|Stephen Gaskin (February 16, 1935 - July 1, 2014) and his wife, Ina May|
Sometimes, an hour zips by. At other times, I've felt like a dazed prizefighter hanging onto the ropes of a painful existence waiting forever for the bell to ring.
And that's only one hour.
As I get older, it becomes increasingly impossible to grasp the nature of concepts like a "year." It feels easier, at times, to sense the mysterious nature of the Timeless in the boundless expansiveness of each moment.
I guess my head goes to that place whenever Stephen Gaskin crosses my mind. Interestingly, he came to mind for the first time in awhile just the other day. Looking at the calendar, I realized it was the sixth anniversary of his passing -- to the day. (I wrote about another such synchronicity involving his death here.) Although I have only had three conversations with him over the years, Stephen's teachings had a profound impact on my ideas about the nature of Reality and the work to be done during our sojourn on this planet. I came across his rendition of the Bodhisattva Vow for the first time in The Farm's first book Hey Beatnik! I was hooked.
At that moment the vow took me.
A decade older than many of the young folks who flocked to San Francisco in the mid-sixties as part of the psychedelic revolution, Stephen always maintained he was more of a beatnik than a hippie. Yet, wearing tie-dyes til the end, Gaskin was a central figure in the burst of spiritual energy that encircled the globe during the 1960's and 70's. It was a Collective Kensho that transformed many of our lives. Claiming that they were "out to save the world," Gaskin and 60 bus loads of Hippies left San Francisco to tour the country on a journey known as the Caravan. After returning to San Francisco, they decided to acquire land, finally circling in for a landing in Tennessee. There, in 1971, they created what became the largest hippy commune in the world. Although the size and structure evolved over the years, The Farm is still there.
Although I was a lightweight when it came to psychedelics, those were High Times. The Collective Consciousness was so energized that even without drugs in my system, I had a number of compelling out of body experiences, saw aura's, and experienced powerful moments of synchronicity and telepathy that were mind-boggling. Ultimately, in the spring of 1972, I had an experience of Perfect Oneness that fulfilled my deepest aspirations and dispelled the fear of death. (Admittedly, I also had some very powerful moments while under the influence of various powerful medicinal herbs and compounds back in the day.)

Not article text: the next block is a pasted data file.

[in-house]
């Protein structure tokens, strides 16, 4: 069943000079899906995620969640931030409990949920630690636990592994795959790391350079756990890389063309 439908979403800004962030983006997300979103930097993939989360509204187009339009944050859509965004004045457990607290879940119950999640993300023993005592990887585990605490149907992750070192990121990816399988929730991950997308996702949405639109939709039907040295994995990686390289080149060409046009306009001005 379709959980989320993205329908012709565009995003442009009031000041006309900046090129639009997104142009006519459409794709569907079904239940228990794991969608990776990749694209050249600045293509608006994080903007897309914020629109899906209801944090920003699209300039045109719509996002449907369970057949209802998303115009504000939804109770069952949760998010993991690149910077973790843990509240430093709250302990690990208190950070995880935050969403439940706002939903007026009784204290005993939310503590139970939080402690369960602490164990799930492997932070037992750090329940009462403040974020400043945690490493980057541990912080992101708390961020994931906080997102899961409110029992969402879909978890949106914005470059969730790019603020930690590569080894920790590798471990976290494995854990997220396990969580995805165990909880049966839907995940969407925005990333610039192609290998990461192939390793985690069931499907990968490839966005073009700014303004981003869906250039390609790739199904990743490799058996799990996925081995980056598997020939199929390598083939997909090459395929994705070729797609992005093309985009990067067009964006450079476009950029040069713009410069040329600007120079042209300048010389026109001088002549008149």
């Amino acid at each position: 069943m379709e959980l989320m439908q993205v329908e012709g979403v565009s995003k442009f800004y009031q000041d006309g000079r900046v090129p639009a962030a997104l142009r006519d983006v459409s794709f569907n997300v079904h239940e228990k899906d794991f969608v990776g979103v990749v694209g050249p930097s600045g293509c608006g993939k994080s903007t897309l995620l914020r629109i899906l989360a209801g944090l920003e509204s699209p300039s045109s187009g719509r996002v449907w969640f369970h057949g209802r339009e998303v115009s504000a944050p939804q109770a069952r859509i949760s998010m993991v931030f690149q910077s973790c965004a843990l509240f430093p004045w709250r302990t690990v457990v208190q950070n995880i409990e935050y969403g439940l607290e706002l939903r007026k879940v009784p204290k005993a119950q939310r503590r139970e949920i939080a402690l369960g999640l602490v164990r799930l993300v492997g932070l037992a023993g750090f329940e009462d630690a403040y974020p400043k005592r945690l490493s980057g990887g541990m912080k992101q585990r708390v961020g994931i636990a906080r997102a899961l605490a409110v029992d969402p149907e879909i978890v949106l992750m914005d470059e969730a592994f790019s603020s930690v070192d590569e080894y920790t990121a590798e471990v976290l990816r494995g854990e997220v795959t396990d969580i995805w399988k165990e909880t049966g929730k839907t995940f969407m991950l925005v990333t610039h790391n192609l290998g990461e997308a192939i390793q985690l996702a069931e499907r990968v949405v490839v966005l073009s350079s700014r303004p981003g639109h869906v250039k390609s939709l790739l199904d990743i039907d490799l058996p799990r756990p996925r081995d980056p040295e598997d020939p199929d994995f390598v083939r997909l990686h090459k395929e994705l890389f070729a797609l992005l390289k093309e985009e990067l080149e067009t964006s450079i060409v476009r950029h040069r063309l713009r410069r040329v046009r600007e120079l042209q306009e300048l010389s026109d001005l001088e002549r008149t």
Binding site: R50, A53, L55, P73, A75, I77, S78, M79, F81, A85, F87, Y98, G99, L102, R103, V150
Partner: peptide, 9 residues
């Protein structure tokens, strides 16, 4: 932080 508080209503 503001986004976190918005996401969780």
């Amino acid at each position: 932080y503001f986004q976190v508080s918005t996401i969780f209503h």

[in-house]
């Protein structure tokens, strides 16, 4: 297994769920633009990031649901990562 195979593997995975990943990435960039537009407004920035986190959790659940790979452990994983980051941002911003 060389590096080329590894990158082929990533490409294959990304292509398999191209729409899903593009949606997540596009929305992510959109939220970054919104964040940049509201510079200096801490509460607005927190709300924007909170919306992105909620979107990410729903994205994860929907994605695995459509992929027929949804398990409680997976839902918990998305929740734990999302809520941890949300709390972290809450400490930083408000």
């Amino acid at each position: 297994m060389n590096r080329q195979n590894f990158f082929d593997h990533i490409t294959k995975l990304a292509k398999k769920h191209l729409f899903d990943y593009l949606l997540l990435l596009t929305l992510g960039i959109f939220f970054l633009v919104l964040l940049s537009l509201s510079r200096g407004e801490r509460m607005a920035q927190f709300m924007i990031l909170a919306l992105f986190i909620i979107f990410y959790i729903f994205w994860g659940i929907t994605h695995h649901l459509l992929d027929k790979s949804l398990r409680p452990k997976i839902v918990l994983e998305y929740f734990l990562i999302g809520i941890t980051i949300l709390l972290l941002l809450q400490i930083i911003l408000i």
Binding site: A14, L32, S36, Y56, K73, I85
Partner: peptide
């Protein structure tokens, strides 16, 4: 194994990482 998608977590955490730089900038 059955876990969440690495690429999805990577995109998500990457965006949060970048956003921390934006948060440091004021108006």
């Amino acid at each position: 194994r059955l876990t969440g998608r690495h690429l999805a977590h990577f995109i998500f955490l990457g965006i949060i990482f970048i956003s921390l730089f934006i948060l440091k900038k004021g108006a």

Yet, as the years rolled on, it became more and more obvious to me that spiritual practice wasn't about the Big Flash's and psychic powers. The Practice is about simply being Present. When we are not lost in our thoughts, or swept away in self-referenced, afflictive emotions (I got/didn't get what I wanted, or got what I didn't want,) we can come to our senses. There, in what Eckhart Tolle has called "the eternal now," Reality asserts itself. In those precious moments, we come to know that who we are is all that is. The One Love becomes self-evident.
So, then what?
When you're not absorbed in your own suffering, you notice that a whole lot of folks are suffering. At that point, it becomes clear that sitting there on your butt, although important (I meditate most every day, at least for an hour,) isn't enough. You choose to do something about that suffering. This becomes, Stephen once characterized it, "an exacting discipline."
|Stephen Gaskin and the Caravan toured the US in 1970|
Yet, Gaskin said that although he honored all the "old religions," the religion that he and fellow hippies were practicing had no name. "It lives in the hearts of the people... It is the practice of real love, impeccable correctness and politeness and care among each other."
Thank you, Stephen.
I can't think of any better way to see it, say it -- and try to be it. As I wend my way through the last laps of this most amazing run called "my life", I can't think of anything better to do.
How about you? What are you up to?